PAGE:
Further education is an important part of nursing and can help you take your career to the next level. However, it’s not always practical for students to study fulltime without having an income. For these students and others with demands such as caring for a family member, they have to find a way to balance their studies with their other commitments.
This isn’t always easy, but it’s certainly manageable, with millions of students opting to take this route. What’s important is that you find the schedule that works for you and makes sure you get the most out of your education while still thriving at work.
These six tips can help you achieve that balance and plan your nursing degree around a busy working schedule.
You want to be as prepared for success as possible, and that means making sure you start planning early. There are all sorts of different nursing courses out there and different class schedules you can take on, so give yourself time to choose the right one.
There’s a lot of flexibility in nursing degrees these days, with online courses being a great option for students who are planning to continue working. The best part about these courses is you can study at the highest levels with programs such as DNP nursing leadership courses.
However, even with online classes, it’s not going to be easy, and you’ve still got to make sure you’re planning your schedule and taking into account your other commitments. The better fit your program is, the better chance you have of doing a great job in both your studies and your work.
Practice Your Time Management Skills
Time management is a skill, and just like any other skill, the more you practice, the better you become. You’ve got lots of opportunities to practice your time management skills throughout your day-to-day life, and this can really prepare you for when you start your degree.
A simple way to break down your time management is into these four simple steps:
1: Manage – short term crises and problems
2: Focus – on strategic goals
3: Avoid – distractions and interruptions
4: Limit – time-wasting activities
At first, you might find it particularly difficult to get the most out of your time, but that’s why you should start practicing as soon as possible. With time and continued effort, everyone can master time management and make sure they’ve got the skills they need to balance work and studies.
No matter what you’re trying to achieve success in, goal setting can help. These not only give us a clear sense of what we want to achieve but are also a great tool to help us motivate ourselves.
There are going to be days where you find balancing work with your nursing career extremely difficult, and occasionally it will feel like it’s all too much. However, when you’ve got clear goals, you’ve always got a reason to get out of bed, and you can easily look back on how far you’ve come.
To get the most success from your goals, you want to make sure they’re SMART. This means they’re:
- Specific – they’re clear and give you a good idea of exactly what you’re trying to achieve.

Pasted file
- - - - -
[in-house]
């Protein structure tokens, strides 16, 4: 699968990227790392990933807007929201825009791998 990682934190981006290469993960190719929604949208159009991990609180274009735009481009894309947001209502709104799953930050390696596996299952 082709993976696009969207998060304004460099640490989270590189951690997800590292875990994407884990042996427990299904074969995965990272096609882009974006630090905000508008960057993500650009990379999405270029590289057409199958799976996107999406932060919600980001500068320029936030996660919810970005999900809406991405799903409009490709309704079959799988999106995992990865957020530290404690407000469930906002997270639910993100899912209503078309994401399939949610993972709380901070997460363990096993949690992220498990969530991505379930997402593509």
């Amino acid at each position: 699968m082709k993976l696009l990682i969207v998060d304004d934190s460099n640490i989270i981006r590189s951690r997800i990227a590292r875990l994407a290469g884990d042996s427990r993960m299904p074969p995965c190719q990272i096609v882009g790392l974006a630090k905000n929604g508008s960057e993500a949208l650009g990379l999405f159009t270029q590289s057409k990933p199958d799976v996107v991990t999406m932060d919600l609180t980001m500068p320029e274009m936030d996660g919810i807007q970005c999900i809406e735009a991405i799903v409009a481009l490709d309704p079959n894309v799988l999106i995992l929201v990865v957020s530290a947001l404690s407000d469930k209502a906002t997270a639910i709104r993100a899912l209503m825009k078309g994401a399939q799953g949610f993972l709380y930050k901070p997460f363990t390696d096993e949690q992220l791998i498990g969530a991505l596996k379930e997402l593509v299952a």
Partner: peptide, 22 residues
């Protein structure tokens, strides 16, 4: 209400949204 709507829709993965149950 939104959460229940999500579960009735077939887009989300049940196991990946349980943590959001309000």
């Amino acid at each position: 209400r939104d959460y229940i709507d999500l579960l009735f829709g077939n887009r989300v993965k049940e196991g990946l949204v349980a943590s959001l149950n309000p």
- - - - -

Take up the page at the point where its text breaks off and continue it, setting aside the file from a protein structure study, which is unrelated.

- Measurable – you have ways of measuring how you’re performing against your goals.
- Achievable – You may be pretty great, but there’s a limit to what anyone can achieve
- Relevant – Make sure it’s relevant to what you’re trying to achieve
- Time-Bound – Give yourself a timeframe in which you want to achieve your goals.
If you’re setting effective goals, then you should always have some goals that you’re close to attaining and others to work towards further in the future. This really helps in keeping your performance up throughout your nursing degree.
Professors understand that people lead complicated lives and that sometimes, a little flexibility is needed in education. Your professors are there to aid your learning, and if that means being flexible, then they will try their best to accommodate you.
However, if you’re not communicating with them, then they don’t know your situation and can’t help. If you’re ever struggling, then you should look to speak to your professor because they can help, and they do care.
The more open you can be in your communication with your professors, the easier you will find the process. Once you get used to this, it’s an easy step, but it can take a little bit of time to master.
You can’t always do everything, and there are times when you’re going to have to say “no” to doing something you’d dearly love to do. Sacrifices will have to be made, but the important thing is to remember why you’re doing this in the first place. If you keep your goals in mind, then it becomes a little less painful to make the sacrifices.
You’re going to have a lot of demands on your time, so find a way to prioritize each task and make sure you’re getting the most important things done.
It’s also important to remember that while your work and studies are important, there needs to be a balance. It’s not all about the number of hours you work/study, it’s about the quality of those hours, and you’ve got to give yourself some breaks to get the most out of yourself. If you completely neglect everything else but work/studying, then it’s likely to have a negative effect on your output.
Just because you’re taking on a big challenge in studying for your nursing degree while working doesn’t mean you shouldn’t still be aiming high. If you set up the right schedule and become adept at time management, then there’s no reason why you can’t achieve top grades and also excel at work.
Do those students who don’t work have it a bit easier? Undoubtedly, but that shouldn’t mean you can’t do just as good a job with some extra hard work.